College basketball fans, be prepared for an interesting summer. According to a new report, six schools are set to be hit with allegations of serious NCAA violations in the coming months.
CBS Sports’ Dennis Dodd spoke with Stan Wilcox, the NCAA’s vice president for regulatory affairs. Wilcox confirmed that six programs will receive Notice of Allegations which include suspected Level I violations.
Two of those schools will be served “by early July.” Wilcox declined to name any of the programs involved but said only schools involved in eligibility issues would be affected.
Level I violations constitute “a severe breach of conduct” and come with the harshest penalties the NCAA can levy on a school. They include possible loss of scholarships, postseason bans and show causes for coaches.
Significant news here via @dennisdoddcbs: High-ranking NCAA official goes on the record and declares that six schools will be slapped with Level I-grade notice of allegations this summer. Two high-profile programs will be served in a matter of weeks. https://t.co/cjx8zyx6Ju
— Matt Norlander (@MattNorlander) June 12, 2019
While we don’t know the names of any of the schools yet, one can assume there will be some correlation between the schools receiving NOAs and those that were part of the FBI’s investigation into corruption in the sport.
“I would just say that it’s clear when you look at the number of cases that were listed by the Southern District of New York, those numbers are more than likely be reflected in the number of cases that are going to be moving forward,” said Wilcox, a former Florida State athletic director and Notre Dame basketball player.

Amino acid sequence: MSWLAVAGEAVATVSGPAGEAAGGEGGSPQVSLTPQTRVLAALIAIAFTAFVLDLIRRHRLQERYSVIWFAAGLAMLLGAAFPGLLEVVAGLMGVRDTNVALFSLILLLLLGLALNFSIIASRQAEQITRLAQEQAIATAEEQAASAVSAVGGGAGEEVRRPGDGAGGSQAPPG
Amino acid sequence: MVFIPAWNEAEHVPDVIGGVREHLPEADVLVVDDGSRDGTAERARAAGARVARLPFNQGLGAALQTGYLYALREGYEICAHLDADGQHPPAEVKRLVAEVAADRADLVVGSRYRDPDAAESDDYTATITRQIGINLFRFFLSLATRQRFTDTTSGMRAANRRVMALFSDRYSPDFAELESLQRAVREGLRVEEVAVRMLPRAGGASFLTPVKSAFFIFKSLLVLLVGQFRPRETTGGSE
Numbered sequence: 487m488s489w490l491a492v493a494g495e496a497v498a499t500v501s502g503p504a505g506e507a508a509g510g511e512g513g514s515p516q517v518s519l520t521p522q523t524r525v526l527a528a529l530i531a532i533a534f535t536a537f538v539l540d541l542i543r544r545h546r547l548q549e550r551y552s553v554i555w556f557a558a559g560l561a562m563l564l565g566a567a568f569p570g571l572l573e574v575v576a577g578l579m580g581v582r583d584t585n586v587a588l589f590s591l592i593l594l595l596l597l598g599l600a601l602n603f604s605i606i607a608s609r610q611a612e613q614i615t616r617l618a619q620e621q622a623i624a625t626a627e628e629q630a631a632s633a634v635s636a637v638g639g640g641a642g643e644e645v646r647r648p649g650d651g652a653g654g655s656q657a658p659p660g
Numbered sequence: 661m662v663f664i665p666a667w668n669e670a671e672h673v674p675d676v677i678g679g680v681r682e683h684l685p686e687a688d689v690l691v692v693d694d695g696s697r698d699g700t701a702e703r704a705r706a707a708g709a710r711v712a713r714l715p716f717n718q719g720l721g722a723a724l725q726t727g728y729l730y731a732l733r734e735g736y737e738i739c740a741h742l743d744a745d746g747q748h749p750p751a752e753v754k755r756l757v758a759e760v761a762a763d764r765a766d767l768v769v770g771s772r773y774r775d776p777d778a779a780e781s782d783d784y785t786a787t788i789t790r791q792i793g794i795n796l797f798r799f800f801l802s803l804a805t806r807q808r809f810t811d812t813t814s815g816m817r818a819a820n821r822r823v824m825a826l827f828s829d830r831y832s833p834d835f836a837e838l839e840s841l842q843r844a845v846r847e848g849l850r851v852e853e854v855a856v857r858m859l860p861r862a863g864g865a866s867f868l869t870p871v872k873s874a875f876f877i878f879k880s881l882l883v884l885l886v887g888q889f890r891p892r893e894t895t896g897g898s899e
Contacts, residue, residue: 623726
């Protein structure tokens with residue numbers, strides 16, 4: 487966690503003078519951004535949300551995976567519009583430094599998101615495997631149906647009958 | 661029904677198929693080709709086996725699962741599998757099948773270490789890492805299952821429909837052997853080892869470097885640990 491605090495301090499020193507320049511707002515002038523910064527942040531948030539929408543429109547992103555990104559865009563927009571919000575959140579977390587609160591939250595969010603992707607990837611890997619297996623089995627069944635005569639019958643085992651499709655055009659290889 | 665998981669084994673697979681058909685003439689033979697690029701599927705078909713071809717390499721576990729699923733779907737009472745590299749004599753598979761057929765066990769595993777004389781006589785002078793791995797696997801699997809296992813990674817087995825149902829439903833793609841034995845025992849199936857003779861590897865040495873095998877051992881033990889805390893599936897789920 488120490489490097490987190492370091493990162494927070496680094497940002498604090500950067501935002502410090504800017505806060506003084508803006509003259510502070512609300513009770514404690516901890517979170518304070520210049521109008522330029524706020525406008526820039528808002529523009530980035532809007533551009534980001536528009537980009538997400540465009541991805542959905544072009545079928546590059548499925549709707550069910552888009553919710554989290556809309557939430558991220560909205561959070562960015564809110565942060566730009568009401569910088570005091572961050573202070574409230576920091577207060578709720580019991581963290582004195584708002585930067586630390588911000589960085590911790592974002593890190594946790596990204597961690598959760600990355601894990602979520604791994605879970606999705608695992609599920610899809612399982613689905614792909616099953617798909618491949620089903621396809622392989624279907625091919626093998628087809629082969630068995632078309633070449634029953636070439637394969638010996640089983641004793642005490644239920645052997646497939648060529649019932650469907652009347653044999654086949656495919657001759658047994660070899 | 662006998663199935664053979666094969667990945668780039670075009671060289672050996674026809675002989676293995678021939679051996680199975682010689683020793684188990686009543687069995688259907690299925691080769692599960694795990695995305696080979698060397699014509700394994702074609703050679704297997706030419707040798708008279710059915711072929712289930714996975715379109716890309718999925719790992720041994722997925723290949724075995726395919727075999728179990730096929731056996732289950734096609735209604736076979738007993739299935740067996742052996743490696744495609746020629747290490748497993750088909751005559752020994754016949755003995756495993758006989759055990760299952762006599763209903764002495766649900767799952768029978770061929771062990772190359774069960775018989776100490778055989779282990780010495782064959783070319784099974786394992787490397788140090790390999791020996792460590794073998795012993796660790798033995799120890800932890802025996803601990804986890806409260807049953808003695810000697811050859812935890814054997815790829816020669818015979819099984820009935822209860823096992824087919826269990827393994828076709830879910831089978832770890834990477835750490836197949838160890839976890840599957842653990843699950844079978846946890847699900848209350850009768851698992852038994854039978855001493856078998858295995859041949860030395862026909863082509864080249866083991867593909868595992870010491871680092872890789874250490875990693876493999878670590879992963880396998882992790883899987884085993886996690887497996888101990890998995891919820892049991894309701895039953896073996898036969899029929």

When the original FBI indictments were handed down in September 2017, there were reports that top head coaches would be implicated in wrongdoing.
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“Those top coaches that were mentioned in the trials where the information shows what was being said was a violation of NCAA rules, yes. They will be all part of these notices of allegations,” Wilcox said.
Louisville, Arizona and Kansas were the three highest-profile programs involved in the FBI probe, but there were a number of other major schools included as well.
We’ll find out soon enough.